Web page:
- Posted July 30, 2014 by
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Stephen A. Smith, and the Problems With "Political Correctness"
Recently, Stephen A. Smith was placed on a one week hiatus from his on-air ESPN programs for comments concerning domestic violence, and whether women can at times provoke the violence perpetrated against them.
Well, for the record, before anyone takes issue with this article, I am neither an advocate for, or condone violence against women, in any form. However, in the same token, neither am I an advocate for, or condone violence against men. Now, onto my commentary.
Whether you're a man or a woman, as HUMANS, we all have an internal defense mechanism that activates itself whenever we feel threatened, as HUMANS, in any way. In this regard, I want everyone to now reflect on the much publicized incident, where Solange Knowles clearly assaulted rapper Jay-Z in an elevator, unprovoked. While Solange clearly attacked Jay-Z in the elevator, ironically the same environment in which Ray Rice and his now wife had whatever altercation they had, the rapper demonstrated amazing self-control and restraint, all while being punched, slapped, kicked, and all out assaulted by Solange Knowles.
Now, here's where I would expect the "politically correct" crowd to get a little sensitive: Domestic Violence against women is without question, wrong, however it's imperative that we equally begin to explore the little publicized subject regarding domestic violence perpetrated against men, yes people, by women!!
In this writer's humble opinion, not all men classified as "domestic violence" abusers start their day with the intent of becoming an unwitting participant in such a horrible societal statistic. There are hundreds of thousands of situations in this country, as well as throughout the world, where men are assaulted by women, just as Jay-Z was attacked without provocation and assaulted by Solange. As HUMAN BEINGS, our internal defense mechanism is to first and foremost, protect ourselves at all times, period. As such, in situations like Jay-Z's, most often, there is an immediate reaction to "defend", oneself, and NOT to become a domestic violence statistic or contribute to any domestic violence event against a woman.
Now, regarding Stephen A. Smith's comments, again leveraging the Jay-Z incident as the example, an example that thousands of men who are in difficult relationship situations with woman can attest to. It is a fact that there are many abusive women in our society who themselves possess offensive, belligerent, and other negative personality characteristics. As such, it's imperative that we all recognize that women such as this can therefore themselves be just as dangerous as any evil-intended man can be. Understanding this, had Jay-Z finally responded with a slap upside Solange's head, not in the interest of committing domestic violence, rather as a measure to back up his attacker in an effort to "restrain" Solange, so that she would discontinue her unprovoked assault against him, would Jay-Z have been justified? Would Jay-Z have been "provoked"? As a HUMAN BEING, what were Jay-Z's rights to protect himself from the unprovoked attack and subsequent assault from Ms. Knowles? Again, HUMAN BEINGS!!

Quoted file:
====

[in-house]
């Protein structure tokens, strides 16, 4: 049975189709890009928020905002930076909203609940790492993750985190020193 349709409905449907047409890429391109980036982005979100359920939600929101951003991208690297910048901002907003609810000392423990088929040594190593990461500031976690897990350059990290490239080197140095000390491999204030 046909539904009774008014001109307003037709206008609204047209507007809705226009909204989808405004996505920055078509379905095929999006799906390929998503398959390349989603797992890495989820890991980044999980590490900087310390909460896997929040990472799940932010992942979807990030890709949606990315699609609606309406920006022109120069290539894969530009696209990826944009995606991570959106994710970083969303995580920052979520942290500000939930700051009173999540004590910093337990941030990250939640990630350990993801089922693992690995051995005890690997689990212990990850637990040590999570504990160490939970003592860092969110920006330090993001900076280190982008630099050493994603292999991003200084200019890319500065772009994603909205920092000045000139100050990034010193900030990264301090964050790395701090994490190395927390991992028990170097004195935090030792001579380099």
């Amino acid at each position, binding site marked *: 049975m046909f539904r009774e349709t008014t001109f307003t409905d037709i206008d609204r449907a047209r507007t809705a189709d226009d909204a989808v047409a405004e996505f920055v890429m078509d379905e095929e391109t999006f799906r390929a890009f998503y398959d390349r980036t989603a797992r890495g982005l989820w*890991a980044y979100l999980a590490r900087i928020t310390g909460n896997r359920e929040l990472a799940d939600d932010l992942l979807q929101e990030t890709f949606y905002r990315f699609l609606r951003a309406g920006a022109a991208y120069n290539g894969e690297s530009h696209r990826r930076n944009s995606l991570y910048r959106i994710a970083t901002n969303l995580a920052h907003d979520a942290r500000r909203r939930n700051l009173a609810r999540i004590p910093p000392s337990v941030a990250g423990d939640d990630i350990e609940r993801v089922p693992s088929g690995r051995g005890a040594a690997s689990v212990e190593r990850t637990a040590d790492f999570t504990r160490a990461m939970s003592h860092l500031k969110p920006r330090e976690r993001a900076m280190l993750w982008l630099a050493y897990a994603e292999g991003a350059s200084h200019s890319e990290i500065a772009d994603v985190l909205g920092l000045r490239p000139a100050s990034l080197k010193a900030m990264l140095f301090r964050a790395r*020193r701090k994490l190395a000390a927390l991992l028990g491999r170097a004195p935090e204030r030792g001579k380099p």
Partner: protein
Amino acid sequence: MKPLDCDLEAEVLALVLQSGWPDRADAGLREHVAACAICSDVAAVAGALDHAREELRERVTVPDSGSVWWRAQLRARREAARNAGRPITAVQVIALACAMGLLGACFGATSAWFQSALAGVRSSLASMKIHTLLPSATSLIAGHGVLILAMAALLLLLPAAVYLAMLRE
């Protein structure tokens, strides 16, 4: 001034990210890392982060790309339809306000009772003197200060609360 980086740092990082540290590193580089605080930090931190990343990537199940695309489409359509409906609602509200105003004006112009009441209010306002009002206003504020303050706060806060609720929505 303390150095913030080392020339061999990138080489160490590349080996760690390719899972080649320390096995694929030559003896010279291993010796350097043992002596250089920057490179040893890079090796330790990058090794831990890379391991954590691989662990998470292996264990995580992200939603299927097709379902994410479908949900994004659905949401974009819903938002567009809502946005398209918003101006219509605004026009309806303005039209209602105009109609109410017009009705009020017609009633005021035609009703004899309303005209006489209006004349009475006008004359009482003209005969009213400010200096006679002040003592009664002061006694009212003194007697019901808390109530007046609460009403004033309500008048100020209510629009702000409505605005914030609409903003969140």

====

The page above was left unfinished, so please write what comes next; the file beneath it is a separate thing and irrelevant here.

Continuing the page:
Far too often in this world, there are men who are assaulted by women, however because they are men, the societal reaction to these unprovoked assaults and other physical crimes against men perpetrated by women typically are: "Well, they're MEN,,, they can "take it". He's bigger than her, stronger than her,,, he can "take it". Imagine if Stephen A. Smith had said, "Clearly based on their behavior in the elevator, this could not have been the first physical altercation between Ray Rice and his fiancée. They probably fight all the time, so I'm sure she can "take it". Had Stephen A. said something like that, everyone would have been justifiably outraged, and Stephen A. would most assuredly have been fired.
So I ask; shouldn't the world be outraged whenever their is violence perpetrated against another "HUMAN" being, irrespective of their gender? Shouldn't the world be outraged whenever their is clear evidence of a woman assaulting a man, thus equally contributing to domestic violence statistics? Shouldn't Jay-Z be on every popular talk show, from Oprah to The View, answering questions regarding how he managed to demonstrate such phenomenal restraint in the face of such a violent physical assault? Shouldn't Jay-Z's situation have sparked a national media debate, as well as a no-nonsense, open and honest, spirited debate, to be covered by all the major media \ television talking head programs on the subject and origins of domestic violence against both women AND men? I ask, where's the coverage? Why has the coverage shifted to whether Jay-Z and Beyonce' are getting a divorce, Vs why Jay-Z got his "Bootylicious" kicked, albeit unprovoked by his sister-in-law, in an elevator?
Celebrity women that we see presented on television and radio, from Nancy Grace to Barbara Walters, beloved women of the journalistic, legal and television industry's are always moaning and groaning about equality for women. Equal jobs, equal everything, except for equal justice when it comes to domestic violence against men, and to this writer, this is the epitome of hipocracy that paints an unfair perspective on such a dangerous subject as Domestic Violence. It's as though many of these talking head celebrity's take it as a joke, labeling men as either wimps, punk's, or weak men if they complain or file charges against a woman who has assaulted them. Wake up people!! Domestic Violence is real, and it is the cancer that is destroying many families and communities throughout this country. When are we going to have a REAL discussion on this cancer, WITHOUT the pollitically correct crowd attempting to either sway the discussion, or punish those that have an un-biased, truthful perspective on this dangerous issue, as they have now done to Stephen A. Smith for his honest and sincere perspective on this topic? (Yes, Stephen A. has retracted his comments, as most of us would in an environment where being politically correct, or not, has a direct and immediate impact on your job status? Please, let's keep it real, for once people, for once!!)